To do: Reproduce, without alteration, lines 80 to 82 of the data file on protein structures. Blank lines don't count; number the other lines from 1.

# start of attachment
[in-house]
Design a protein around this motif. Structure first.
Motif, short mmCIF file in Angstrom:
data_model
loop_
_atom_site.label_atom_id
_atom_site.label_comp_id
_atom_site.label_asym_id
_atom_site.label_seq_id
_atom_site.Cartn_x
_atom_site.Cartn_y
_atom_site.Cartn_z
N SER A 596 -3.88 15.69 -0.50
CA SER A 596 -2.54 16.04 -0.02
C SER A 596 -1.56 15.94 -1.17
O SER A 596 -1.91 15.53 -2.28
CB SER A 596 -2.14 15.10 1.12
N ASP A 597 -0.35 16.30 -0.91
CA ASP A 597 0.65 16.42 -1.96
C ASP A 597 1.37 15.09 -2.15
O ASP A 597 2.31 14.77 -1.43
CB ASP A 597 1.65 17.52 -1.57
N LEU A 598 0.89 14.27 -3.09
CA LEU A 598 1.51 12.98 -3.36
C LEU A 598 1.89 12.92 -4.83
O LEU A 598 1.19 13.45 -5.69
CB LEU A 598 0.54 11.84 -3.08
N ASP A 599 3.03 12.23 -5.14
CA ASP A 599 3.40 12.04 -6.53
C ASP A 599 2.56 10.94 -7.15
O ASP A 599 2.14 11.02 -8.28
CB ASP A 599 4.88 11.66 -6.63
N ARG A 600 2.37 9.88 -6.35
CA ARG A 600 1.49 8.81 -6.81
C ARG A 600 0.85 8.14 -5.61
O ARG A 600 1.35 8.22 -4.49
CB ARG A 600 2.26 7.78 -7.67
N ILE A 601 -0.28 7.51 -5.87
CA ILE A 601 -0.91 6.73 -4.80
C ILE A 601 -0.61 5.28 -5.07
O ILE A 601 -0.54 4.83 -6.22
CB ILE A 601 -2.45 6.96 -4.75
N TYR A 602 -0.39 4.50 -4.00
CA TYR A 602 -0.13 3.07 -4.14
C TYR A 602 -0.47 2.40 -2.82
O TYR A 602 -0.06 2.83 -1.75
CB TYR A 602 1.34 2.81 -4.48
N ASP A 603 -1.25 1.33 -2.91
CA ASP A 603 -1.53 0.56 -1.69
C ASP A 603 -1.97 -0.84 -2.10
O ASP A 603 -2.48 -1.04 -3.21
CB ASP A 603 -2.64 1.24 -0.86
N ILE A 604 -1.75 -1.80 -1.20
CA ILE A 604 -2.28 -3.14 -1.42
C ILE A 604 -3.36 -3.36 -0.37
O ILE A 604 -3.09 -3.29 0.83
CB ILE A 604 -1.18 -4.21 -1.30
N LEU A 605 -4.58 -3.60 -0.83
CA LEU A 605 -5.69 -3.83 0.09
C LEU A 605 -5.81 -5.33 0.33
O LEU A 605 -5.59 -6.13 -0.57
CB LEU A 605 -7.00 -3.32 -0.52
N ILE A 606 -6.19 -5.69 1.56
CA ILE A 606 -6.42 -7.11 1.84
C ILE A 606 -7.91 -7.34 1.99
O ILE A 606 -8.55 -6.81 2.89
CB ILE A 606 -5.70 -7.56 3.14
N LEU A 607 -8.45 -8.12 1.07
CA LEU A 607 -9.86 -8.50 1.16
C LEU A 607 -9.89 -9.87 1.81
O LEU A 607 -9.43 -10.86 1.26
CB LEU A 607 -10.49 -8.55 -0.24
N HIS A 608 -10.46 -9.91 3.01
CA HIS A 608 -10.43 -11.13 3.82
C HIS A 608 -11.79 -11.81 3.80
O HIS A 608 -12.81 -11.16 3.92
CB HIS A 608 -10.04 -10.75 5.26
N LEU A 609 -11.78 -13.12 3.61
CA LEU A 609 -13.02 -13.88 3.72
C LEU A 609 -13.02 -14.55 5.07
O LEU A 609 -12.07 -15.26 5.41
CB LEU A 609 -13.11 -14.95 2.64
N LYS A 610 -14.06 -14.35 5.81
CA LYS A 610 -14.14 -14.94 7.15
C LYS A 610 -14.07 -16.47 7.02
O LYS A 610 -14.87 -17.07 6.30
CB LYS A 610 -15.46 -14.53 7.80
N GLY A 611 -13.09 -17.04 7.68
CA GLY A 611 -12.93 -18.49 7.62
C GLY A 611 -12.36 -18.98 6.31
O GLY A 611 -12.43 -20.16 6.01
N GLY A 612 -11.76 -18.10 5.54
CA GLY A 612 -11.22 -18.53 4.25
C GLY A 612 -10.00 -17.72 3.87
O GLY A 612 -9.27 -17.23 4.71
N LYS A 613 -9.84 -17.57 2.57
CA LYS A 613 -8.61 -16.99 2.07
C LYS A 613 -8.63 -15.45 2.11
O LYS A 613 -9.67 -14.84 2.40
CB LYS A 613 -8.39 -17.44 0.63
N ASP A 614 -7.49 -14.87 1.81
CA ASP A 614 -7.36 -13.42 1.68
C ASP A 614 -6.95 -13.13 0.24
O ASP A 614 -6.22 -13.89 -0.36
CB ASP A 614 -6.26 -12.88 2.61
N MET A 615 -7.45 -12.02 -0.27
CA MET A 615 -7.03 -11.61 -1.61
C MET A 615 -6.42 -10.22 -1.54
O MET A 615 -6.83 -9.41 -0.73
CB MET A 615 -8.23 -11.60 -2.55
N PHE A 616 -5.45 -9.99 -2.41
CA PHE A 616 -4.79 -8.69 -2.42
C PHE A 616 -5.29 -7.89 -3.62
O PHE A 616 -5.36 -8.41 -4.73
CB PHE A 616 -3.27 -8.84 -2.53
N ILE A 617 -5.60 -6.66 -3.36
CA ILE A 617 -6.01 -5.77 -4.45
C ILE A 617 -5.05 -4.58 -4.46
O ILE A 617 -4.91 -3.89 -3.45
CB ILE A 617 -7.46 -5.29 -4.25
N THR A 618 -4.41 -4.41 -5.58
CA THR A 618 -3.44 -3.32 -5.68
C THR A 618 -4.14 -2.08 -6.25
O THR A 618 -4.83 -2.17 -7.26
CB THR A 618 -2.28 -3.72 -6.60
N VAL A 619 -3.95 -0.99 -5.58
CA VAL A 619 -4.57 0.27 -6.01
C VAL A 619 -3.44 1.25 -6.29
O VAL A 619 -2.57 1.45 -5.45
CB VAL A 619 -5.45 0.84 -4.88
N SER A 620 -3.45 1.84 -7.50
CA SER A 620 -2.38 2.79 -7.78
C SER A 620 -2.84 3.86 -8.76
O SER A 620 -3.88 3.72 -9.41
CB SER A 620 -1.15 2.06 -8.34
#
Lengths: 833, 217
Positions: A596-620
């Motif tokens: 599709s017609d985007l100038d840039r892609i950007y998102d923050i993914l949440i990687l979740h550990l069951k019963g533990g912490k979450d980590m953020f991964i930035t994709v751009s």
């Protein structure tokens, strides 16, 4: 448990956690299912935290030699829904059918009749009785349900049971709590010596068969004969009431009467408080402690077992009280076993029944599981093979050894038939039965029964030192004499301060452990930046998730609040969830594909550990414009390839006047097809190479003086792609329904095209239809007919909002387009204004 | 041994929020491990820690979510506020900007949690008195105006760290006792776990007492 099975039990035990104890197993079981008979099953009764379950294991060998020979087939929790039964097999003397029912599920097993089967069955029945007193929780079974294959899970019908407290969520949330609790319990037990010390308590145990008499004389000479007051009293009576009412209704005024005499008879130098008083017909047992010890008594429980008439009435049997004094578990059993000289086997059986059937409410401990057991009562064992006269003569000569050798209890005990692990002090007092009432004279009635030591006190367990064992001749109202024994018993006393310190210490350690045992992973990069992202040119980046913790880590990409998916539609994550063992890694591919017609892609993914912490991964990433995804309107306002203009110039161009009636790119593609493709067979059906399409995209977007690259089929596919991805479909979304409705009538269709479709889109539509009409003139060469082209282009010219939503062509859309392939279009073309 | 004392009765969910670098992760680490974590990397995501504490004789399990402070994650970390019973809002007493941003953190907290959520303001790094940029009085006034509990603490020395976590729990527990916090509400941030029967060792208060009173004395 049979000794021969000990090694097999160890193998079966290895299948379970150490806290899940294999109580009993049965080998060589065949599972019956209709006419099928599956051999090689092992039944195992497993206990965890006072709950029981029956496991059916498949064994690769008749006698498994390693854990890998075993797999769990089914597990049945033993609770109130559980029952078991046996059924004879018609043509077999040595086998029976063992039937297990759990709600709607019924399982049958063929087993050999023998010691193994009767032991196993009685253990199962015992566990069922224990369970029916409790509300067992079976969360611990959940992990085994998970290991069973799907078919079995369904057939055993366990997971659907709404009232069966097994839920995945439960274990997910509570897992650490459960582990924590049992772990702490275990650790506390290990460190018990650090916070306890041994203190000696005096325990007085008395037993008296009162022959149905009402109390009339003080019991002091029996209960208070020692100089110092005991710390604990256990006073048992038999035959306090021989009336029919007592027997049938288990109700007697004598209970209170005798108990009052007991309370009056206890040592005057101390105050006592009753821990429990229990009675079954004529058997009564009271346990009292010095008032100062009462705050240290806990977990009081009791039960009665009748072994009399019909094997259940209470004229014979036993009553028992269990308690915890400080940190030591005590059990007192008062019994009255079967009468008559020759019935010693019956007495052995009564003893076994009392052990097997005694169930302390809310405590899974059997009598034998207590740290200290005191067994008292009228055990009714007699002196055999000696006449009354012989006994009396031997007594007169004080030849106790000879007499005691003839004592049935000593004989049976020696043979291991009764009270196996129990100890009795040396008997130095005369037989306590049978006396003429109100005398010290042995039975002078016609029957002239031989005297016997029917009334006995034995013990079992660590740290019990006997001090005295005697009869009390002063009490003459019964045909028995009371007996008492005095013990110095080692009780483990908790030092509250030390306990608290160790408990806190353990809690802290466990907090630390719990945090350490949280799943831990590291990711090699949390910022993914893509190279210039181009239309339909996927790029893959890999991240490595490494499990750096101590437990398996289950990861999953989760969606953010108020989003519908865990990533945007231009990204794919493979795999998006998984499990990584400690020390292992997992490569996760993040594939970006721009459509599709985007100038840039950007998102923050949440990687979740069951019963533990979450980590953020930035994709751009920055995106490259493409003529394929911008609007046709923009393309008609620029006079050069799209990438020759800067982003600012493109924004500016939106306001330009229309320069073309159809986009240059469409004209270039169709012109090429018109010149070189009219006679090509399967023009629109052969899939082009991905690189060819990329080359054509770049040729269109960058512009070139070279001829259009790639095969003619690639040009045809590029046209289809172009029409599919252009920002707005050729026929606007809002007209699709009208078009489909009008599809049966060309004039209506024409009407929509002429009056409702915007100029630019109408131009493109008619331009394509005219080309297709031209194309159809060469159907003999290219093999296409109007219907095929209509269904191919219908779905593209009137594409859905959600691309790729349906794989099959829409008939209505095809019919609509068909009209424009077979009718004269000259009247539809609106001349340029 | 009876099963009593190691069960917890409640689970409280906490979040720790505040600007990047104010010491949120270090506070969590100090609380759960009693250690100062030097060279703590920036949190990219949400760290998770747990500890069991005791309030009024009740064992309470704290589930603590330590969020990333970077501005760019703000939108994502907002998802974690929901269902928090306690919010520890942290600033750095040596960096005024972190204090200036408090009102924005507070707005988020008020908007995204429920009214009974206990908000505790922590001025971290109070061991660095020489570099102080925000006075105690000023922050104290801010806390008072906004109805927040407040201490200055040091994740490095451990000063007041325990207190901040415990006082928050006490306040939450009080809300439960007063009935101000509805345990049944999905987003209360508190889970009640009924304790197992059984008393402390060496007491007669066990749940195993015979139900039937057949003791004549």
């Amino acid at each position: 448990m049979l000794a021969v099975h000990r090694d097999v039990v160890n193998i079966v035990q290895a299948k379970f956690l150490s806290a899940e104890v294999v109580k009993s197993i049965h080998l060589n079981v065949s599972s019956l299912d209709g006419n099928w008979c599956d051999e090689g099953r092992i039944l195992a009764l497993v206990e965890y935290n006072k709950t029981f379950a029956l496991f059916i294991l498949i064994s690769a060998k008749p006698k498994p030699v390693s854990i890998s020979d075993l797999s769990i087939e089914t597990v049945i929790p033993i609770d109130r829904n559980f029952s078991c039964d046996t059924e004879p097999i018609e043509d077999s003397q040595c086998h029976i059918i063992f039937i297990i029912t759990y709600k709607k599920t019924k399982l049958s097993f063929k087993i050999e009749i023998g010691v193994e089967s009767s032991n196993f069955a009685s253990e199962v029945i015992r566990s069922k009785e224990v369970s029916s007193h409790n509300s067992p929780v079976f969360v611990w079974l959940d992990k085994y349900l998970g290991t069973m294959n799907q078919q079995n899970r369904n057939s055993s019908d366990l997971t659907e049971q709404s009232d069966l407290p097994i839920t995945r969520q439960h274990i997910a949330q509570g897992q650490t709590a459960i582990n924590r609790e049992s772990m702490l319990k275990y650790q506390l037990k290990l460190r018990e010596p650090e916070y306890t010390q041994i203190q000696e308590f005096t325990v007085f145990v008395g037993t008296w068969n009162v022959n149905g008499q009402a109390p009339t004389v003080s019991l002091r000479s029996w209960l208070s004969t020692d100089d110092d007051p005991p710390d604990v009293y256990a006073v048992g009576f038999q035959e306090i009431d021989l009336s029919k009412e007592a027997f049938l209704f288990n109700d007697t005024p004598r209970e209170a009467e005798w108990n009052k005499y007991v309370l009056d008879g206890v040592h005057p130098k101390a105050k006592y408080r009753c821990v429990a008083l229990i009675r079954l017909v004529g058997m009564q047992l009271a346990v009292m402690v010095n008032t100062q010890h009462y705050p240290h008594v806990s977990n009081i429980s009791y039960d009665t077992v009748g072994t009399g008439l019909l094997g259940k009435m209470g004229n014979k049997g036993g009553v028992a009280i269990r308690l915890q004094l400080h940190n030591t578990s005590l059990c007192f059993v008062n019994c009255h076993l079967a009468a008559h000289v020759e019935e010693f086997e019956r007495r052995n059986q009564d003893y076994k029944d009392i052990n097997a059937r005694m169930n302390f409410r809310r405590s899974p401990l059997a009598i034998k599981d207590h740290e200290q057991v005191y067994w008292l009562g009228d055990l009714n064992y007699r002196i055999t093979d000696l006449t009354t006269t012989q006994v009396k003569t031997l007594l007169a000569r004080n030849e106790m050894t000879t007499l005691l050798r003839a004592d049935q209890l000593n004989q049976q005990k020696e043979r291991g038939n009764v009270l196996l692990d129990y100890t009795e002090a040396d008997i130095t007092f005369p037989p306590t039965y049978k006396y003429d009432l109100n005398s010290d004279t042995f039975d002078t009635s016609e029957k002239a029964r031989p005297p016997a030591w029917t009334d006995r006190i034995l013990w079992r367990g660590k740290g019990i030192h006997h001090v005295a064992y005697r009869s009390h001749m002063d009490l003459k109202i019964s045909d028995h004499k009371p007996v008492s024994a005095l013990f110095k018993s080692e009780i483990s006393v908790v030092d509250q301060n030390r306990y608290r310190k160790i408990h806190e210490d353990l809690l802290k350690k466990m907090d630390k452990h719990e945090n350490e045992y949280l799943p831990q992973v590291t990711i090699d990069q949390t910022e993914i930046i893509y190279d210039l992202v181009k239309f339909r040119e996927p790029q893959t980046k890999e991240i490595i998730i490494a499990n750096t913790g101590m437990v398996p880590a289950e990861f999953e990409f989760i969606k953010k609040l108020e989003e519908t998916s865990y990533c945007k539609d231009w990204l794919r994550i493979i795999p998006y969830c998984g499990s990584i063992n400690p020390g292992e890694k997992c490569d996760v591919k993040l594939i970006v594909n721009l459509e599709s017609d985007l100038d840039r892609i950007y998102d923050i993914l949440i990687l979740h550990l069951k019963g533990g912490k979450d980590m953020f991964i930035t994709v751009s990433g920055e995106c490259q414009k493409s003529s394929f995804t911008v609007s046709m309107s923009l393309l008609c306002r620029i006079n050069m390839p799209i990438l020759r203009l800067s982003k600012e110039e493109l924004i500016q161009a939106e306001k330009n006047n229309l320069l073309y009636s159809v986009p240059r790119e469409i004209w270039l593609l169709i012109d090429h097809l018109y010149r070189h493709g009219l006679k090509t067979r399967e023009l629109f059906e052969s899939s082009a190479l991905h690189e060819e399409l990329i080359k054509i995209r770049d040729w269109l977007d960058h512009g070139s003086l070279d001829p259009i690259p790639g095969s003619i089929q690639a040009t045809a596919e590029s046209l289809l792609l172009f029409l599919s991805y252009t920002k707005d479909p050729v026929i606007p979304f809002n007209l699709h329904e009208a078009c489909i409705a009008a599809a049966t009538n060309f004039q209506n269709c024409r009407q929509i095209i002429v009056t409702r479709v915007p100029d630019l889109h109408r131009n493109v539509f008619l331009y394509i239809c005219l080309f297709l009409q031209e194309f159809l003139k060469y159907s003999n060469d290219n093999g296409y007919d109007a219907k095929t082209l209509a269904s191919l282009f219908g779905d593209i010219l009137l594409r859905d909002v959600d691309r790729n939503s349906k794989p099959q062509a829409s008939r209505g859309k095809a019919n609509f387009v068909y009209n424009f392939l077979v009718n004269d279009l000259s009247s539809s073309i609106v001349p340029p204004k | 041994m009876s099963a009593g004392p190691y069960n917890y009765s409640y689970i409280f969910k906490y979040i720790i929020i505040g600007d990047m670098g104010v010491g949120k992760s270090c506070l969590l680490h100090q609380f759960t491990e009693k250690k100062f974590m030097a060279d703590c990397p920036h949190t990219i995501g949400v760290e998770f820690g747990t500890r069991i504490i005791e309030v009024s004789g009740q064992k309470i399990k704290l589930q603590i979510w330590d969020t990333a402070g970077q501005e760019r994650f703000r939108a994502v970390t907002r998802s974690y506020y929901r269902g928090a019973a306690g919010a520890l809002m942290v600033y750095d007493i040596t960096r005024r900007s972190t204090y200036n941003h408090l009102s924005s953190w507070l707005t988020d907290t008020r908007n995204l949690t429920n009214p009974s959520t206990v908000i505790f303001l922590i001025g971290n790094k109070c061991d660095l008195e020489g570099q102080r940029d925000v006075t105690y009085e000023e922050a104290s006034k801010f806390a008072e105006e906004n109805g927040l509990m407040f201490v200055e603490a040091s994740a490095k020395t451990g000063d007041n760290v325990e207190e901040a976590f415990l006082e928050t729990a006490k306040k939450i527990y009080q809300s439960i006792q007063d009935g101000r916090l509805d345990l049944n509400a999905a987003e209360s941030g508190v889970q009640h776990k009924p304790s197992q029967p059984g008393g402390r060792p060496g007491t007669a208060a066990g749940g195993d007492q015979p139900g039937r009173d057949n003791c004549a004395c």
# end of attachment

C LEU A 609 -13.02 -14.55 5.07
O LEU A 609 -12.07 -15.26 5.41
CB LEU A 609 -13.11 -14.95 2.64